February 15, 2020, 2:00 PM: Karin Larkin, PhD, University of Colorado Colorado Springs
Archaeology of the Ludlow Massacre
The 1913-1914 southern Colorado coalfield strike and Ludlow Massacre changed labor relations, law, and practice in Colorado and had lasting impacts on labor law reforms that occurred in the United States over the subsequent decades. The Colorado Coalfield War Archaeological Project (CCWAP) formed to focus an archaeological lens on the social and material conditions of coal camp laborers and their families during a turbulent time of widespread industrial growth and corporate imperialism in America. The archaeological site of the Ludlow tent colony offers a more complete picture of the lives of the men, women, and children who lived in the coal camps of Colorado during the nineteen-teens. Dr. Larkin will discuss how the archaeology refined our understanding of this important era in labor history.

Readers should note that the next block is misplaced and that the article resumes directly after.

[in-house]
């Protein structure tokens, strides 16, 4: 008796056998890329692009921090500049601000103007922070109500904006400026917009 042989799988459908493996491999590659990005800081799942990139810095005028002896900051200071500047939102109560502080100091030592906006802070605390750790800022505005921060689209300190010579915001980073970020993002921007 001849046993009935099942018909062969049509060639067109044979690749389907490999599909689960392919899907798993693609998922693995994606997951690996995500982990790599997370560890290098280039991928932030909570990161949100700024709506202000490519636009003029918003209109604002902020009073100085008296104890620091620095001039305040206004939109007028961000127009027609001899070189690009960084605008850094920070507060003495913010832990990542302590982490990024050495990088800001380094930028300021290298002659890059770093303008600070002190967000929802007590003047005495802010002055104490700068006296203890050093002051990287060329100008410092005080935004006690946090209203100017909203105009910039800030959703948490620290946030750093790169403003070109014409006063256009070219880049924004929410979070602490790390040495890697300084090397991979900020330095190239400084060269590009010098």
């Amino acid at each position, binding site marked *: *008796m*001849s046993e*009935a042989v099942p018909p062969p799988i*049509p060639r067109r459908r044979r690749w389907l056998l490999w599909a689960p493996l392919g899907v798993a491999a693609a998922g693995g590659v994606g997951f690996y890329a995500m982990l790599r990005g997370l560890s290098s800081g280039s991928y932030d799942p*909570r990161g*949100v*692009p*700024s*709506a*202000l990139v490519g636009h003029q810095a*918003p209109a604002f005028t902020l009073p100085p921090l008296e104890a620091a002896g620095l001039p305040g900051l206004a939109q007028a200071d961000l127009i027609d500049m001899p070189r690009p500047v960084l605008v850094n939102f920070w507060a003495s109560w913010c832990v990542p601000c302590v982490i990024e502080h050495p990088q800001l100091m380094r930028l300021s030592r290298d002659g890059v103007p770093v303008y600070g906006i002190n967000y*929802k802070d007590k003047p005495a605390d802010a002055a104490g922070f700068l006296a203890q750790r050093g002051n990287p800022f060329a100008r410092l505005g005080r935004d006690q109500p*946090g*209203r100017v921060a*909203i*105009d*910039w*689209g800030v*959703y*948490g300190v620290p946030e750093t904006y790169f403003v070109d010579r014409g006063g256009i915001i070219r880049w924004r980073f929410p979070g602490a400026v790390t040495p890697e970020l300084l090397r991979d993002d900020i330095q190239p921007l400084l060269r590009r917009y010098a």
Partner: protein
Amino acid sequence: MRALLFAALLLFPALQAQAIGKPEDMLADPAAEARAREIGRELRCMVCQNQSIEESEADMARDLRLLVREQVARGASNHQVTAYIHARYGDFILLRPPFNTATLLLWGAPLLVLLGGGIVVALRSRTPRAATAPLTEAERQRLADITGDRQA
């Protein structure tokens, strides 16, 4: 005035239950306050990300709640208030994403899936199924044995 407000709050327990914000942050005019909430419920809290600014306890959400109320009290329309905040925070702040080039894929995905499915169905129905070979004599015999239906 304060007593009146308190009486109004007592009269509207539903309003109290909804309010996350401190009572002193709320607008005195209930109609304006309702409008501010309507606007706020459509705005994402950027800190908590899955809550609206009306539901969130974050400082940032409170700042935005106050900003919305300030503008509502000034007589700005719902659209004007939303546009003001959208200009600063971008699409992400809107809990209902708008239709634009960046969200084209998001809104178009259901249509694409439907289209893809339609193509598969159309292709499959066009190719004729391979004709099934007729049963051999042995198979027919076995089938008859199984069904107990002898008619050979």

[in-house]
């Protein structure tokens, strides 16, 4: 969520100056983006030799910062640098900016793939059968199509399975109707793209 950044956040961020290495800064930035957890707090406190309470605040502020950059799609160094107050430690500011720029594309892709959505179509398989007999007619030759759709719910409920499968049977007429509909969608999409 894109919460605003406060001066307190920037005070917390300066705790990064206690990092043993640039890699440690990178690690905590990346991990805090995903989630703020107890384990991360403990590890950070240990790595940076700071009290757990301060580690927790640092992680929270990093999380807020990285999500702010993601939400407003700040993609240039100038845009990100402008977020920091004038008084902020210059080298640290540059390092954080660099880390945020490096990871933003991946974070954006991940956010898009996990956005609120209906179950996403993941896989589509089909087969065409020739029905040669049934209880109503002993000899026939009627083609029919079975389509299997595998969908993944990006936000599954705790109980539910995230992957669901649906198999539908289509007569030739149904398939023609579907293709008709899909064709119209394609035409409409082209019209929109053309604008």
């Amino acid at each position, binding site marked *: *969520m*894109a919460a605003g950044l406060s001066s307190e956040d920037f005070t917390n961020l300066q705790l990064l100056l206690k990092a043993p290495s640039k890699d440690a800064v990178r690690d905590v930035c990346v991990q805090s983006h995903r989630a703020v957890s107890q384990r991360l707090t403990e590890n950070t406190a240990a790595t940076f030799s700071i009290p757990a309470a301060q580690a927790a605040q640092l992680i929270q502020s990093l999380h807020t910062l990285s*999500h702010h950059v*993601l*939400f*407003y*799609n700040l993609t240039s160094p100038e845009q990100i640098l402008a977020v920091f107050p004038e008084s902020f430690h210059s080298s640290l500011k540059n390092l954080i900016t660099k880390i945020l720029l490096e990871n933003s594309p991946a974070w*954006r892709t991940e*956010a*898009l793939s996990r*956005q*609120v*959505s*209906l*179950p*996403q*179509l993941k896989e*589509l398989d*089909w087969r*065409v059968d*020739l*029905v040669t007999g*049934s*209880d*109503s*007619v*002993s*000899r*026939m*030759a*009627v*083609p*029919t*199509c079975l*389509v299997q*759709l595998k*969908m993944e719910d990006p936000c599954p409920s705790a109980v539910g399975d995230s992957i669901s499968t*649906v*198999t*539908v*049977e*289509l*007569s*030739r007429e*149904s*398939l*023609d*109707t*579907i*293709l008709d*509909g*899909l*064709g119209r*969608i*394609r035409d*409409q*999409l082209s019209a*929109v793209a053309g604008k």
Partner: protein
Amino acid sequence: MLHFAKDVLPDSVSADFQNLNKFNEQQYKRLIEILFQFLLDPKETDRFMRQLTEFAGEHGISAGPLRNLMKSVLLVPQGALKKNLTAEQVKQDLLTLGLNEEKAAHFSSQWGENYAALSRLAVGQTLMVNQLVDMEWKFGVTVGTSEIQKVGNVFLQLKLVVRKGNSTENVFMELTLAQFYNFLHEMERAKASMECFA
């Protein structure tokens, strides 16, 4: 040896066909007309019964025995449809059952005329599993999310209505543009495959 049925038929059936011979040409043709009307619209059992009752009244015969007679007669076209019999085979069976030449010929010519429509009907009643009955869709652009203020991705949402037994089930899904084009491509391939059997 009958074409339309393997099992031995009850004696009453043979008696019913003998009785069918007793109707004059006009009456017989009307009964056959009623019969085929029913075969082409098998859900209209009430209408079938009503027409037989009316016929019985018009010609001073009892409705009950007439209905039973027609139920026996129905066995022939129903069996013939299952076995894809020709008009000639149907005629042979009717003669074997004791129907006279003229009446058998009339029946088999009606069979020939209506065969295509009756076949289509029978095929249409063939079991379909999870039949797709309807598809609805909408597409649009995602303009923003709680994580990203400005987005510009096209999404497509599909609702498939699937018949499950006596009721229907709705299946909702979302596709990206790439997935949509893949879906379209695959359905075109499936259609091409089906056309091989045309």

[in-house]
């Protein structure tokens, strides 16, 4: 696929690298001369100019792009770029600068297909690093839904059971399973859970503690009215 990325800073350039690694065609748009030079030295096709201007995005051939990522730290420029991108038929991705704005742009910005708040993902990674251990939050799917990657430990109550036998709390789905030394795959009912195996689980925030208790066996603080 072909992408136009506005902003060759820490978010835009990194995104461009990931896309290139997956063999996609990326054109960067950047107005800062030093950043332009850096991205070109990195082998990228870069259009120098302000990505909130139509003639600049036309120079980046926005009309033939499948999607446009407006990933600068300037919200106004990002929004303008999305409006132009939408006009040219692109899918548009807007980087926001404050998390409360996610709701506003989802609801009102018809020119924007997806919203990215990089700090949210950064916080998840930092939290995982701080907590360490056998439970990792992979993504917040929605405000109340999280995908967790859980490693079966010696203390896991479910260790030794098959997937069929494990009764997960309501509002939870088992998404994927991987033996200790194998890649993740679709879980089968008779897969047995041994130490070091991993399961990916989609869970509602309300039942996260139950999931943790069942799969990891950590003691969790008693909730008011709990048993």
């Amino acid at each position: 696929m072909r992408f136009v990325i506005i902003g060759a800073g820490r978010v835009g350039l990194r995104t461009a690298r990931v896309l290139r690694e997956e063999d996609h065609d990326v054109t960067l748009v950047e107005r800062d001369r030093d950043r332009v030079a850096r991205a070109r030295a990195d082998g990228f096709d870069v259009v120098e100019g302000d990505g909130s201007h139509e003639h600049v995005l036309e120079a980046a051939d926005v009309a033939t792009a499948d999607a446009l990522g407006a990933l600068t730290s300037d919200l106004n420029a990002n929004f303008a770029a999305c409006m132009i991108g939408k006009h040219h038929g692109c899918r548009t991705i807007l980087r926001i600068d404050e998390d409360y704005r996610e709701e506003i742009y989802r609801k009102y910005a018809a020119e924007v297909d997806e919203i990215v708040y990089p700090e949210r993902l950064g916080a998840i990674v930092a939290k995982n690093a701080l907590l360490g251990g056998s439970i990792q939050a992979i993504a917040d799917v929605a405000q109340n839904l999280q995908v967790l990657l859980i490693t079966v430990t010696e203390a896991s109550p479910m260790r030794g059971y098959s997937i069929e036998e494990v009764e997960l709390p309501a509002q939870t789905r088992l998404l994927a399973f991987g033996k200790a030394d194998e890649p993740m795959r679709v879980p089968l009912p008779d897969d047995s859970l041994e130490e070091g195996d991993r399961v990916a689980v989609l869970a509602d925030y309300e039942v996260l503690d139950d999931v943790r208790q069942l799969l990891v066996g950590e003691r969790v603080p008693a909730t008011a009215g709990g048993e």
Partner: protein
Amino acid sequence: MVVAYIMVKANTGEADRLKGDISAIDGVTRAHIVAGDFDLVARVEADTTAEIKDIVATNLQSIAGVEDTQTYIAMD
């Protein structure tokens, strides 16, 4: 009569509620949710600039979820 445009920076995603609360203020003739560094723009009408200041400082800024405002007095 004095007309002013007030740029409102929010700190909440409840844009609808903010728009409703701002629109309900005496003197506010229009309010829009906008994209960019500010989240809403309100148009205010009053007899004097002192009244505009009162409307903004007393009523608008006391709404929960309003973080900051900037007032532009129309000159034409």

Karin Larkin is Assistant Professor and Curator for the Department of Anthropology, University of Colorado Colorado Springs. Dr. Larkin received her PhD in Anthropology and MA in Museum Studies from CU Boulder. She has done archaeological fieldwork in numerous regions including: the Southwest, Chihuahua, and Colorado including the Ludlow Massacre Site. Her research focuses on understanding community interaction, social change, and negotiating social discord through material culture. She was the second Project Director for the Colorado Coalfield War Archaeological Project (CCWAP) and is co-editor of the Archaeology of Class War, published in 2009 by University Press of Colorado and a recent article in the International Journal of Historical Archaeology called Decolonizing Ludlow.